John Newton's Letters
On eating and drinking
April 11, 1795
"Whatever you eat or drink or whatever you do—you must do all for the glory of God!" 1 Corinthians 10:31
"There was a rich man who would dress in purple and fine linen, feasting lavishly every day." Luke 16:19
A sinner, considered as such, is not only destitute and incapable of spiritual blessings—but has forfeited all right to the comforts, and even the necessities, of the present life. It is of mere mercy that he is permitted to breathe the air, or walk upon the ground. But Jesus the Savior has not only brought life and immortality to light, and opened the kingdom of heaven to all who believe in his name—but he has removed the curse which sin had entailed upon the lower creation. And now, to them, every creature of God is good, and nothing to be refused, if received with thankfulness and moderation; for all is sanctified to their use by the Word of God and prayer. But these, which, in distinction from the communications of his grace, we call common mercies, are equally derived from his bounty, and the effects of his mediation.
We are therefore bound by gratitude, as well in the ordinary actions of life, as in those of the most importance, whether we eat or drink—to do all with a regard to his love, and with a view to his glory.
It is to be feared, that this apostolic rule is too much disregarded by many professors of the gospel. However they may seem to differ from the world, by a stated and orderly attendance upon the ordinances, they are not easily distinguished upon many other occasions; particularly at their meals. The people of the world can scarcely exceed them in the cost, care, profusion, and variety with which their tables are covered. I am willing to allow some regard to a person's situation in life; but perhaps the excess is more frequently observable among people in trade, or, as we say, in the middle classes, than at the tables of the opulent.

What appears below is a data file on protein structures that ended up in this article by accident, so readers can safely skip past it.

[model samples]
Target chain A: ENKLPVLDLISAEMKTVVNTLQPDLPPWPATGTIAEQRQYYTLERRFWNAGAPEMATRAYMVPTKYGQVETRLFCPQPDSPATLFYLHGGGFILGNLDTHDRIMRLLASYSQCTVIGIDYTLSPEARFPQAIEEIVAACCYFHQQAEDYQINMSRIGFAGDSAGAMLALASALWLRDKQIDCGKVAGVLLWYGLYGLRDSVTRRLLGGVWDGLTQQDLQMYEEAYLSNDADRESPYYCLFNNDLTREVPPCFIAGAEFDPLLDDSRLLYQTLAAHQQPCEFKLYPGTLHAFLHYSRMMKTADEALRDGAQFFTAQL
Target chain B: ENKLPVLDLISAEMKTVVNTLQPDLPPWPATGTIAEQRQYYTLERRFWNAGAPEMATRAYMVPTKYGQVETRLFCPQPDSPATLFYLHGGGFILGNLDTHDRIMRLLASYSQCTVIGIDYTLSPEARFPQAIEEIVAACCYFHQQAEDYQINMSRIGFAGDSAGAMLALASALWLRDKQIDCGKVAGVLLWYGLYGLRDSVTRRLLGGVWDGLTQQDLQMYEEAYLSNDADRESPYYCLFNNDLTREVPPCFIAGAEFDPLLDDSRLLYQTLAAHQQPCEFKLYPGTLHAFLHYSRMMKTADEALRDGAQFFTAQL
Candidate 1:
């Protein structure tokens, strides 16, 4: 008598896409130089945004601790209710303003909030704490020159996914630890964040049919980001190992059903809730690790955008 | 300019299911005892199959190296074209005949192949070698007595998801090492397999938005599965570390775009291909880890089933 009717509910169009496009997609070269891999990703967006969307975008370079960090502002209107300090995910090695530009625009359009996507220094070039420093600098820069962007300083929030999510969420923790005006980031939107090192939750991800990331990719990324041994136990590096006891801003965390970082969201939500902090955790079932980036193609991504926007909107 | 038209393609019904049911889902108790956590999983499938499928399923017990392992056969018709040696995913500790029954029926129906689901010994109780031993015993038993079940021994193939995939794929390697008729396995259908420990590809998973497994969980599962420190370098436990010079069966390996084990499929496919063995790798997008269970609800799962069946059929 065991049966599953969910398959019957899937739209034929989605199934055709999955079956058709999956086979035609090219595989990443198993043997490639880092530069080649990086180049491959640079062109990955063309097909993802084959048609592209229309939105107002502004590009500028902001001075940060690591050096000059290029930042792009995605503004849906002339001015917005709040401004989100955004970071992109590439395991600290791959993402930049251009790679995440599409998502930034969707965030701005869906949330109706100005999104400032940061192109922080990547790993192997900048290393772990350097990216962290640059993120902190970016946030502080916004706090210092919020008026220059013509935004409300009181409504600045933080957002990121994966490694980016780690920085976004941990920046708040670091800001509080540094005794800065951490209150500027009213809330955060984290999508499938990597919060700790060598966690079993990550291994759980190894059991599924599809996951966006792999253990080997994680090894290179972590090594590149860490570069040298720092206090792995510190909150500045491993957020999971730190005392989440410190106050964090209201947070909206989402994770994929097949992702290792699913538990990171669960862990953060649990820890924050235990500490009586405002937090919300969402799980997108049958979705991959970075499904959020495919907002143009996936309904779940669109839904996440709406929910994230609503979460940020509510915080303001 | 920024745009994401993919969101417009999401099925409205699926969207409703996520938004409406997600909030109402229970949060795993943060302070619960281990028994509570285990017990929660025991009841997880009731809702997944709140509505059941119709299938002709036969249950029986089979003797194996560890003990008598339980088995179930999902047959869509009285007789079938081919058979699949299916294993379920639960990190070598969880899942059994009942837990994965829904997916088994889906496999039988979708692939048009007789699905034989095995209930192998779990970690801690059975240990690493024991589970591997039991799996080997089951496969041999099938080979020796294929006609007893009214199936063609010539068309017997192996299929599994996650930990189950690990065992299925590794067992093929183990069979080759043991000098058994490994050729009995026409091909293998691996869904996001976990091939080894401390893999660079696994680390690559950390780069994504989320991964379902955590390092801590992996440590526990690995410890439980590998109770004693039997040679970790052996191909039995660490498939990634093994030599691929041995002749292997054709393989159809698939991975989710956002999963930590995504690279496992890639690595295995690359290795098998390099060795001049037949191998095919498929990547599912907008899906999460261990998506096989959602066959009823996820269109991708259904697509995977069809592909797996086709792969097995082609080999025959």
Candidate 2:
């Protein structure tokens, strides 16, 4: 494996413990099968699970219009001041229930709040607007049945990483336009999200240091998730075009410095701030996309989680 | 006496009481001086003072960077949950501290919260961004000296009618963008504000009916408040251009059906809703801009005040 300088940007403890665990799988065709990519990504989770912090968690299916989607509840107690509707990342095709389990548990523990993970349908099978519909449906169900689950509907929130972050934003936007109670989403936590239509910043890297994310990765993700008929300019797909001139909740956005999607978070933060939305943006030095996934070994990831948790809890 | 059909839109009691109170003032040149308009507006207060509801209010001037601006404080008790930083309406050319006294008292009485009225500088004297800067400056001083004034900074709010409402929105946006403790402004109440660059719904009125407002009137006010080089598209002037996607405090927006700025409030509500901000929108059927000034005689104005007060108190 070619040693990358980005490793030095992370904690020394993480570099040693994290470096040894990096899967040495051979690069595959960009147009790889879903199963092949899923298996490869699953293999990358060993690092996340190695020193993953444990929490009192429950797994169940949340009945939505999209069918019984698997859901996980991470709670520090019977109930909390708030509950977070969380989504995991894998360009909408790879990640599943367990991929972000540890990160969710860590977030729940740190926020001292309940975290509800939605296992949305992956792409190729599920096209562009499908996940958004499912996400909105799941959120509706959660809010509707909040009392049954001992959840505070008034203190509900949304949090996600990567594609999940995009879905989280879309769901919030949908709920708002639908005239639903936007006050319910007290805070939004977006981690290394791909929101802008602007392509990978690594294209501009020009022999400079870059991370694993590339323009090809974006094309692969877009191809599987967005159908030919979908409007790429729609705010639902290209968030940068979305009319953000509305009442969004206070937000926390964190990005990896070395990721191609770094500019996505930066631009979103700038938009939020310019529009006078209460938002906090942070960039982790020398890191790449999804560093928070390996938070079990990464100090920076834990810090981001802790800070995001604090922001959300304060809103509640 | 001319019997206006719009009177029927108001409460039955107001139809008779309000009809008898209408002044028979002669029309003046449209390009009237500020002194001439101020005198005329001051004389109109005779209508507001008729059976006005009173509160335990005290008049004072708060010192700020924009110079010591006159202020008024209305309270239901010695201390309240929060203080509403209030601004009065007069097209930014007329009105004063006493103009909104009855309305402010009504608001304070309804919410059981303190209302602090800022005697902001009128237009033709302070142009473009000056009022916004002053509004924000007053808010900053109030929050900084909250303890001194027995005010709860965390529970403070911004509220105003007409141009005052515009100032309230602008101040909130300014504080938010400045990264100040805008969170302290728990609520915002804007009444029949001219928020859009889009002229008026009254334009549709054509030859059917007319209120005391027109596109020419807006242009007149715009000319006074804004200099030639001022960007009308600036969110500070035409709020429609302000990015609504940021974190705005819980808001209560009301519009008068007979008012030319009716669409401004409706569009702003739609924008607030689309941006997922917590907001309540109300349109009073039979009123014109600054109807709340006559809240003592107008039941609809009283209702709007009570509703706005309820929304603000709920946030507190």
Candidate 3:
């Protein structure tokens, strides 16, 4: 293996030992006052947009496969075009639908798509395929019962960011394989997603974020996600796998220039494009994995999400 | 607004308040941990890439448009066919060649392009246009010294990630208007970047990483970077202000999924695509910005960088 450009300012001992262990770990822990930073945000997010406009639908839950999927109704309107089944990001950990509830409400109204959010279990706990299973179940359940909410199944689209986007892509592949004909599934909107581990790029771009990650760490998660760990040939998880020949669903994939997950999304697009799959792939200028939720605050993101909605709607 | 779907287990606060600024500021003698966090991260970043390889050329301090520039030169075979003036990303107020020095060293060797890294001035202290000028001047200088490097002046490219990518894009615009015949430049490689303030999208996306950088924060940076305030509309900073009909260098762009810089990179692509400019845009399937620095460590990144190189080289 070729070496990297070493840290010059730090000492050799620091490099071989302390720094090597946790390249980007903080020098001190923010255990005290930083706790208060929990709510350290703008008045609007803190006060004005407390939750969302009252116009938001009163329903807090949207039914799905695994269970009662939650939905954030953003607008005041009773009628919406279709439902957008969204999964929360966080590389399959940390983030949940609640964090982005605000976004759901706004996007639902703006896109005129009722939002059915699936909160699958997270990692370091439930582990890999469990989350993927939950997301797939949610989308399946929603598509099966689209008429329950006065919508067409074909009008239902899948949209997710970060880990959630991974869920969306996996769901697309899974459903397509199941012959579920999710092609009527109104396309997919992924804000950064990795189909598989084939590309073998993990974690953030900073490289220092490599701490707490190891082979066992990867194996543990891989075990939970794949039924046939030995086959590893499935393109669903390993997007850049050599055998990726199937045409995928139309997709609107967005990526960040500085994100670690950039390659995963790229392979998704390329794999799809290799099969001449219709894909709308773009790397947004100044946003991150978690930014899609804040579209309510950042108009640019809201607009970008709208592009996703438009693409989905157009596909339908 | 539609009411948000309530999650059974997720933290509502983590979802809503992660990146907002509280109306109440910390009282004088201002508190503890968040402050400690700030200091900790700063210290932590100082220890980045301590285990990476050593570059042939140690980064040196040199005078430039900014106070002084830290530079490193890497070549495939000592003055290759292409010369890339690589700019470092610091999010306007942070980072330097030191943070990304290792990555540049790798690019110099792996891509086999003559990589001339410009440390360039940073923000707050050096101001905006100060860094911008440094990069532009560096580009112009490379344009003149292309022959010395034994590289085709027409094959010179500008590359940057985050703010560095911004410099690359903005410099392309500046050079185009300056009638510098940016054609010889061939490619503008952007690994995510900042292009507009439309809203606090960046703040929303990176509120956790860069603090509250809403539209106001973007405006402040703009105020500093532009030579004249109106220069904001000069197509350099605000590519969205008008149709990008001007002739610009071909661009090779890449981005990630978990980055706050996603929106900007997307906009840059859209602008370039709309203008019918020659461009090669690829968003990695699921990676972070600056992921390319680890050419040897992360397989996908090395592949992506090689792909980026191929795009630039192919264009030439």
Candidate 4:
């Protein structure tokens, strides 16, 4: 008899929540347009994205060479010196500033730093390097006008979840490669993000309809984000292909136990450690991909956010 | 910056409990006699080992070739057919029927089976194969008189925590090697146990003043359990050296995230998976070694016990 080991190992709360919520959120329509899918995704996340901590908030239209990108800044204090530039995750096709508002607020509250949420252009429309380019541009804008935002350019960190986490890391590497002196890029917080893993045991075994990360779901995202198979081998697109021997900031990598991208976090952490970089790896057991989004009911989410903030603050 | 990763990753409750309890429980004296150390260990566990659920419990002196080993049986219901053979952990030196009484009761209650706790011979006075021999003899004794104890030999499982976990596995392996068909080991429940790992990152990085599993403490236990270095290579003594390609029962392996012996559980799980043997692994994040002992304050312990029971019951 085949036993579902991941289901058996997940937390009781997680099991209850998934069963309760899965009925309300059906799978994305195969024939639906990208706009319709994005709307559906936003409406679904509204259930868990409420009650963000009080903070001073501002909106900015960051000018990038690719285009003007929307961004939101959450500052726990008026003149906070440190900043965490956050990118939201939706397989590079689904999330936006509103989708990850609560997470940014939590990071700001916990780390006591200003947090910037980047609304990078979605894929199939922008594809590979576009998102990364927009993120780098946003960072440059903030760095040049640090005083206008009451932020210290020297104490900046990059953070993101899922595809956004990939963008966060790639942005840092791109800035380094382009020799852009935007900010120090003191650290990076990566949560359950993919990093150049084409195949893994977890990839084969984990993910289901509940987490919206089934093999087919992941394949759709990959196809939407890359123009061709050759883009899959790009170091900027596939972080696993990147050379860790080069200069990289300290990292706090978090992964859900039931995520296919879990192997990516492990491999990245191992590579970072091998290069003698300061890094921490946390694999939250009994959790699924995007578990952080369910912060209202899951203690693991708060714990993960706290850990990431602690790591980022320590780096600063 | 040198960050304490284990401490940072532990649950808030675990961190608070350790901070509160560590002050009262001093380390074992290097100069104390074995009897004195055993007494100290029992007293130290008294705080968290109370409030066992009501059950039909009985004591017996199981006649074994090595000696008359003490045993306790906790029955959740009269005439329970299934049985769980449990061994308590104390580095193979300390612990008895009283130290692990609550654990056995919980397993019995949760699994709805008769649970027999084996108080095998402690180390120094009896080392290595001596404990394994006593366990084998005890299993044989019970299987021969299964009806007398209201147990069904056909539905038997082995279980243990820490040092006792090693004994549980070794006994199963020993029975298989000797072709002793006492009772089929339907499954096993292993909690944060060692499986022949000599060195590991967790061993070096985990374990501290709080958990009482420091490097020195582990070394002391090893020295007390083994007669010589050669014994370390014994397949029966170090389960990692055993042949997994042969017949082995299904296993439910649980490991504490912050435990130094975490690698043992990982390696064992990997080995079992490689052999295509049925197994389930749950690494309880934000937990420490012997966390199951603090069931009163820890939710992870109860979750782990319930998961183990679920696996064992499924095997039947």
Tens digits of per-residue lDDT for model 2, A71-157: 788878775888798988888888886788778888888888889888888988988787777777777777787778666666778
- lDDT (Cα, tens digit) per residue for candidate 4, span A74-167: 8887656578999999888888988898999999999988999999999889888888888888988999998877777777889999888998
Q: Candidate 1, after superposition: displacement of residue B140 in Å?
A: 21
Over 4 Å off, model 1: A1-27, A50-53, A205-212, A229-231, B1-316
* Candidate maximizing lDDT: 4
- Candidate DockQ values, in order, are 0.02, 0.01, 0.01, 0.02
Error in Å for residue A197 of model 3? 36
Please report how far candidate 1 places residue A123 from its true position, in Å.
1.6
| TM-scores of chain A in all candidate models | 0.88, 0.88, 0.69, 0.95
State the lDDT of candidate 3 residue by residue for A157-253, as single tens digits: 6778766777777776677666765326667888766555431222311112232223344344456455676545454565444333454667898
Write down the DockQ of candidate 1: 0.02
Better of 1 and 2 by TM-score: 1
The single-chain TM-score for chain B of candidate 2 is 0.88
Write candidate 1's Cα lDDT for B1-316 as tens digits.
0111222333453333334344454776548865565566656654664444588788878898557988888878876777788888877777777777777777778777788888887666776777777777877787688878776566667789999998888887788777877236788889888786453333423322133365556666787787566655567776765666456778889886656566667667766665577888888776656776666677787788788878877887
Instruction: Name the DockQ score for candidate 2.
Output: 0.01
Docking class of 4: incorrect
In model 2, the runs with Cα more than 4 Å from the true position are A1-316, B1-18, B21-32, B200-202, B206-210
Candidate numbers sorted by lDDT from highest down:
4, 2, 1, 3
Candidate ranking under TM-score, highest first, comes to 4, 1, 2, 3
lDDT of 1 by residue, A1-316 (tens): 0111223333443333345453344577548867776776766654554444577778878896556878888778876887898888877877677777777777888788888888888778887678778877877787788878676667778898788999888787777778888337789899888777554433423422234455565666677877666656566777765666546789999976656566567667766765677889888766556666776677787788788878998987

A friend of mine, since deceased, told me, that, when he was a young man, he once dined with the late Dr. Butler, at that time Bishop of Durham; and, though the guest was a man of fortune, and the interview by appointment, the provision was no more than a simple meal. The Bishop apologized for his plain fare, by saying, "That it was his way of living; that he had been long disgusted with the fashionable expense of time and money in entertainments, and was determined that it should receive no countenance from his example." The economy of this truly venerable prelate was not the effect of stinginess; for I have been assured, that, though he was some time possessed of the princely revenue of Durham, he might be said to die poor, leaving little more money than was necessary to discharge his debts, and pay for his funeral. But we may accommodate to him, what the apostles said of themselves on another occasion, "He did not think it fit to leave the Word of God, and to serve tables."
And at the tables of some gentlemen of very respectable characters and affluent fortunes, who do me the honor to notice me, I have often seen little more than I would have thought it right to have had at my own, if they had favored me with their company. It is at least certain, that the waste and parade of which I complain, are by no means confined to those, who, according to the common phrase, can best afford it.